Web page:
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Redback Spider Facts: Lesson for Kids

Instructor: Diane Sieverson

Diane has taught all subjects at the elementary level, was the principal of a K-8 private school and has a master's degree in Measurement and Evaluation.

Like their black widow spider cousins, redback spiders are venomous. Read this lesson to find out what they look like, where they live and to find out more about this dangerous spider.

Beware the Red Stripe

You and your family are visiting your cousin in Australia. You're playing hide-and-seek in the back yard, so you decide to disappear behind a shed where your cousin can't find you. As you're crouched down, being very still, you notice a black spider with a red stripe in its web on the shed wall. You've never seen one before, but it looks a lot like the black widow spiders you stay away from at home. You decide to change your hiding place, which is smart because that spider is a venomous redback spider that is related to the black widow.

Redback spiders are venomous (poisonous) spiders that are originally from Australia and have a red stripe on the top side of their abdomens. Females are bigger than males and are usually black, while the smaller males are a paler brown color, though they both have that red stripe. And like their black widow cousins, redbacks have a red hourglass spot on the bottom of their abdomens, too, though the males' marks are lighter in color.

Female redback spider
Female redback spider

Female redback spiders usually live to be around two or three years old, but males usually only survive six or seven months. This is partly because males fight with each other to get to a female, and females kill the males and eat them as a snack after mating.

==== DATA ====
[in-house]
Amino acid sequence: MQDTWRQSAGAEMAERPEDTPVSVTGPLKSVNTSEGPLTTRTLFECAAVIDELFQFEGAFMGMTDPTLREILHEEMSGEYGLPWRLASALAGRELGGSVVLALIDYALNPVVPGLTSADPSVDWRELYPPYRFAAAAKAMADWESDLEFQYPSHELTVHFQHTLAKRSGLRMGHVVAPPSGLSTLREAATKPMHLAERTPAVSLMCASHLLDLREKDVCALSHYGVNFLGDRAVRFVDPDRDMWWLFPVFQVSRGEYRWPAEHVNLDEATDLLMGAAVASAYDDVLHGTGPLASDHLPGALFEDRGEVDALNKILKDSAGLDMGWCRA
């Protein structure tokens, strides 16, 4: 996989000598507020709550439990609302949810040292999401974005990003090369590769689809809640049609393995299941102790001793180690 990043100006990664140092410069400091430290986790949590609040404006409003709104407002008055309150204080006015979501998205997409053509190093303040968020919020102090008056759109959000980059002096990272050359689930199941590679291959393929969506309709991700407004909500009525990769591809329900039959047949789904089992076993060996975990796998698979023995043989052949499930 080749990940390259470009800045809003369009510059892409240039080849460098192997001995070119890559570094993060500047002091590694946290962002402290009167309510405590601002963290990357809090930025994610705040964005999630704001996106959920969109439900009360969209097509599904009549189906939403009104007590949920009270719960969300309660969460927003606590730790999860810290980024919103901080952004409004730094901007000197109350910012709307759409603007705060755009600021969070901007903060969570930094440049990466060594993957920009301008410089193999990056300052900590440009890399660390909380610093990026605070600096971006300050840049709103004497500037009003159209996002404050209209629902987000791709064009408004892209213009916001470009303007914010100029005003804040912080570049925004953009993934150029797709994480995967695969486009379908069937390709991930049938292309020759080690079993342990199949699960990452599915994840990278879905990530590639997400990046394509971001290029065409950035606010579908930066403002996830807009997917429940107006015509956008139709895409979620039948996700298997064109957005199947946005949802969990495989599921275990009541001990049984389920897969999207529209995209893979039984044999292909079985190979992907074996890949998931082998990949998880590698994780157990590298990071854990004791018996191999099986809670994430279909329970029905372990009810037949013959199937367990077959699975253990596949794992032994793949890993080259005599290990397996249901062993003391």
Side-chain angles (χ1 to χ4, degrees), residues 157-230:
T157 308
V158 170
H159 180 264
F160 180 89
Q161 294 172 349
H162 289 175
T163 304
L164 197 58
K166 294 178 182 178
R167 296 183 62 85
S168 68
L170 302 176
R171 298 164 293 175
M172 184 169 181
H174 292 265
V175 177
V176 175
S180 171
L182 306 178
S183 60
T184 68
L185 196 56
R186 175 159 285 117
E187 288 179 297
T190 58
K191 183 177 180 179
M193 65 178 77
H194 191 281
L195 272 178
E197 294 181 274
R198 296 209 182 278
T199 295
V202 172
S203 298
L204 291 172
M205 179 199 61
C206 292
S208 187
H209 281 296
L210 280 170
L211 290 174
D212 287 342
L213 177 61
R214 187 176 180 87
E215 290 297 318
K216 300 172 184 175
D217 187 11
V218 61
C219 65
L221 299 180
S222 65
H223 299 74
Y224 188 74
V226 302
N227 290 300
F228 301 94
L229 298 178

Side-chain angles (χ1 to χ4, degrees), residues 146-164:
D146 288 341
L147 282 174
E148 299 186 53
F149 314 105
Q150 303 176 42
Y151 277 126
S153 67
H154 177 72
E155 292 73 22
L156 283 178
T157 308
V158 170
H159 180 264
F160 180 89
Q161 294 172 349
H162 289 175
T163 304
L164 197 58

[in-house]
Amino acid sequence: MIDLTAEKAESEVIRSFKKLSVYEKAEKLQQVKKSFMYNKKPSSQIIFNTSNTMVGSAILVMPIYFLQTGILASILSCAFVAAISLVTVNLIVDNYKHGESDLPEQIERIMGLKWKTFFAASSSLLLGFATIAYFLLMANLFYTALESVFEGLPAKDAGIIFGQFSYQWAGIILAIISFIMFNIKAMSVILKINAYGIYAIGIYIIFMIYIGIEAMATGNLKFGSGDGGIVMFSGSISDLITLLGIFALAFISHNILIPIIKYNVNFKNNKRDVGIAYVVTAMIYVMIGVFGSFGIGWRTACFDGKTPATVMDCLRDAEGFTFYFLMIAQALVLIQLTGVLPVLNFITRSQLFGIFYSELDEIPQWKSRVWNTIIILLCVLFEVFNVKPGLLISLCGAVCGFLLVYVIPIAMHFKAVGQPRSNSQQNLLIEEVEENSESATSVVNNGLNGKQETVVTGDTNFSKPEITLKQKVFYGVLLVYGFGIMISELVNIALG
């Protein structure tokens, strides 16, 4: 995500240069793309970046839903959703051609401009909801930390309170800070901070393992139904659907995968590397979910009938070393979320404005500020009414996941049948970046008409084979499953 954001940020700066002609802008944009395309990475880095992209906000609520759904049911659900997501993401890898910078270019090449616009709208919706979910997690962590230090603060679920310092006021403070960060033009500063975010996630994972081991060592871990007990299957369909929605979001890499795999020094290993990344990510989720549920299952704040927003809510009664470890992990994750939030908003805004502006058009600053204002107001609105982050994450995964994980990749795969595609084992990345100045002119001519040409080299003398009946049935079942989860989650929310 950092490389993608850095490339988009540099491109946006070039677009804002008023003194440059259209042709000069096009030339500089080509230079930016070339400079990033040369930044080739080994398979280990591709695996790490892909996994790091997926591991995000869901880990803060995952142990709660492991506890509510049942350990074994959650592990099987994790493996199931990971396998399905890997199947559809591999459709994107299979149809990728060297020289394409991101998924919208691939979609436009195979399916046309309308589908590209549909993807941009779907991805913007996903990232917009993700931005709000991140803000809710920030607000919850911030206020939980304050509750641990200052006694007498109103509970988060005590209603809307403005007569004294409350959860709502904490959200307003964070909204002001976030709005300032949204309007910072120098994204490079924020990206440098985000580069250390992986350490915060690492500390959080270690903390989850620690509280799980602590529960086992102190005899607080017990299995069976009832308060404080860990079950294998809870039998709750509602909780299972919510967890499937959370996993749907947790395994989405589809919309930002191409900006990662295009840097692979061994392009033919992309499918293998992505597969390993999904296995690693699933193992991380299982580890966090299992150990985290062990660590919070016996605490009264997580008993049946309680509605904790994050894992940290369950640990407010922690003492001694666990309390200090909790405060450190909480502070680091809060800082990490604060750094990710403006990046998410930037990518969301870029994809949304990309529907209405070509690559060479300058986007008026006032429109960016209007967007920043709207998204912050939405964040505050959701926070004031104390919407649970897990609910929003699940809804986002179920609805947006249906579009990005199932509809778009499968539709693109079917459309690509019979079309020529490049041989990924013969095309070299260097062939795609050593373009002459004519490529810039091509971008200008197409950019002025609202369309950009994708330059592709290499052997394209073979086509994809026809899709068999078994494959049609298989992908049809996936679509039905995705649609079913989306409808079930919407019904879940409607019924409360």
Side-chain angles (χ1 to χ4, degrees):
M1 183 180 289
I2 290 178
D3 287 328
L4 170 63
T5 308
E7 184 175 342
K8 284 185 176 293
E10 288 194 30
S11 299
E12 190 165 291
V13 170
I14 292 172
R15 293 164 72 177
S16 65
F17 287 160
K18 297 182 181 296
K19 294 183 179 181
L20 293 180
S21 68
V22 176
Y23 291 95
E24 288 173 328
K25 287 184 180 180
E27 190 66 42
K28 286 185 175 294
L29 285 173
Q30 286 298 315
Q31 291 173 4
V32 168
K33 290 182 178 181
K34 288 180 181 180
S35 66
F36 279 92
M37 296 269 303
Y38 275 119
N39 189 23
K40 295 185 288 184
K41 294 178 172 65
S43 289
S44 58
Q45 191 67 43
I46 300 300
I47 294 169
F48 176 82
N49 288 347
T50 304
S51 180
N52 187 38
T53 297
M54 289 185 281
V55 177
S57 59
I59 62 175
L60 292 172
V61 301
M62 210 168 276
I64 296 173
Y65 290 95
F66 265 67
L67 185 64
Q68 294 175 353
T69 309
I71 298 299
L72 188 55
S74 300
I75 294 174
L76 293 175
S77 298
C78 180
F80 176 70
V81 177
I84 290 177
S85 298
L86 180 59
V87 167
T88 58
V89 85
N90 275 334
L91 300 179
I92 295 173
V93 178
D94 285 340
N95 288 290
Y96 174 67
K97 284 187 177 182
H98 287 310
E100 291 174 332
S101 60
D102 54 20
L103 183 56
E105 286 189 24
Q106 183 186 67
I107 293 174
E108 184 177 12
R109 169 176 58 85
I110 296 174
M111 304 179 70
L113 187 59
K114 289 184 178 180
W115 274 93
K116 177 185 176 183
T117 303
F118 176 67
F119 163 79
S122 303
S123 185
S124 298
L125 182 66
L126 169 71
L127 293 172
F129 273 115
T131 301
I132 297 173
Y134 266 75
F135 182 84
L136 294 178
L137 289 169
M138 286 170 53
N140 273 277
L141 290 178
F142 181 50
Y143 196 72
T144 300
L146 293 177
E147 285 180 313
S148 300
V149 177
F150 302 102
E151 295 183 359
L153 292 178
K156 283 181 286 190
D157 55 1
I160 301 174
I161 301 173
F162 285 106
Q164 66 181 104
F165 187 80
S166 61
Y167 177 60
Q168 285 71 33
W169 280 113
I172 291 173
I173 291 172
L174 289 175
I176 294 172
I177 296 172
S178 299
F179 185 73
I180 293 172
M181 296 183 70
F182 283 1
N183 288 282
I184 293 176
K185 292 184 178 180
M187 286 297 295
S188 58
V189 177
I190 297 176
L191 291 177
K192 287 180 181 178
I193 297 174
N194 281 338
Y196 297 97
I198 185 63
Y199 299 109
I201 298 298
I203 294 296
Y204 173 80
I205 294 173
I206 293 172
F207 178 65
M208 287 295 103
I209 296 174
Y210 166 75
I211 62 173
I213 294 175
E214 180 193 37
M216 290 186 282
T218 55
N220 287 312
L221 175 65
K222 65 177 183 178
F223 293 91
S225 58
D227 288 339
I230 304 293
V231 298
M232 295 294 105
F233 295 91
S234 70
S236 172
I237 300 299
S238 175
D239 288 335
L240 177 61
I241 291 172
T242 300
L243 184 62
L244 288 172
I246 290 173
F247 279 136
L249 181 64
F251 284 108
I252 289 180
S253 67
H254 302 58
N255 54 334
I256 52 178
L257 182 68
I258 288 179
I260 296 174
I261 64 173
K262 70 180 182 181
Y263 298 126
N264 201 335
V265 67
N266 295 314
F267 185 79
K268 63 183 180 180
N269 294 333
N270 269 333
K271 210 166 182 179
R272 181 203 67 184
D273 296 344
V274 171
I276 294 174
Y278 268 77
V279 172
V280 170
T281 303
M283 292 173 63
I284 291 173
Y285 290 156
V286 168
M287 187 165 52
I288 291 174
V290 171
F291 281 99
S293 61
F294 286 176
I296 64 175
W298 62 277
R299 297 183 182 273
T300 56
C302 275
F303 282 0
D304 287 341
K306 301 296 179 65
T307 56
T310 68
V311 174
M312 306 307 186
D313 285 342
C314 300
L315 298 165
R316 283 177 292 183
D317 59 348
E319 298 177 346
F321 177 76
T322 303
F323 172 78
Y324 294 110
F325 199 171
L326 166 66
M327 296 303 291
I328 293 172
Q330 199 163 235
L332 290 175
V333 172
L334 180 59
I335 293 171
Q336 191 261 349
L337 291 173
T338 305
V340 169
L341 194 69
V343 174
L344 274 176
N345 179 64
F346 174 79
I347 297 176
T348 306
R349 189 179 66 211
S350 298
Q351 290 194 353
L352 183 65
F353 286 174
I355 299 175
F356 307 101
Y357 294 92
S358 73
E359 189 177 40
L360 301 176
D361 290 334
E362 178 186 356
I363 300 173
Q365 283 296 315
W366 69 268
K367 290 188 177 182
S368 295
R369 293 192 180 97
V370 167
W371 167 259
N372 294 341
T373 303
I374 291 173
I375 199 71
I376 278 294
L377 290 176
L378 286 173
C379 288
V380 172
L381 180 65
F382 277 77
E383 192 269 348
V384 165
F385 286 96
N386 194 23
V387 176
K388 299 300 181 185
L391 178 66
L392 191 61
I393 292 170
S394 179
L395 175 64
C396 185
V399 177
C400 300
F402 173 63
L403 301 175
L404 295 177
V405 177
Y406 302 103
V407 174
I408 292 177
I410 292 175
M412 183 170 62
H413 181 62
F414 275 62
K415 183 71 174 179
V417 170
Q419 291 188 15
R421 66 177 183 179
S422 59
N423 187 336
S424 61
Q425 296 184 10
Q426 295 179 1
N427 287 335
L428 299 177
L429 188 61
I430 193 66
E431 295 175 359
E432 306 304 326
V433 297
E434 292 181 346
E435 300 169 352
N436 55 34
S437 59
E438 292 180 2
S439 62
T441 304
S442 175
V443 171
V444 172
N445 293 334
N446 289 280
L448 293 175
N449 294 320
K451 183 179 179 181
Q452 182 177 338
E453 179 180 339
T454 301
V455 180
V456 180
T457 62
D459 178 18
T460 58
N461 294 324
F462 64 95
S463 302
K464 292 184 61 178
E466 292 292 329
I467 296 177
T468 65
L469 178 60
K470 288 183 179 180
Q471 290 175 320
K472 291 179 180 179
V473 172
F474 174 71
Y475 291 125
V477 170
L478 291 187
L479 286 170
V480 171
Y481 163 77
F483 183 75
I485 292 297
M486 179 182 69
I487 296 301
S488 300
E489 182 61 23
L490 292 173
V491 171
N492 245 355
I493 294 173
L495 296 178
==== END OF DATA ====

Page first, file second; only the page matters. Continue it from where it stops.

Although they are from Australia, redback spiders have also been found in places like New Zealand, Southeast Asia up through India, and even parts of Japan.

A Sticky, Messy Web

If you left your room messy and sticky before you went outside to play, your mom would probably make you come back inside and clean it up. And while male redbacks don't spin webs, females do, and that messy, sticky room is exactly what their webs are like.

Redback spider in its web
Redback spider in its web

The female's web isn't round, even and high up in a tree like some spider webs. It's near the ground and has a jumbled, cone-like shape with sticky strands going out in all directions. The female redback spider also attaches sticky strands to the ground, trapping unsuspecting dinner guests.

Redback spiders are carnivores, meaning they eat meat, and they prefer insects. But the sticky web strands also trap much bigger snacks like mice, snakes, lizards, birds and even some other kinds of spiders.

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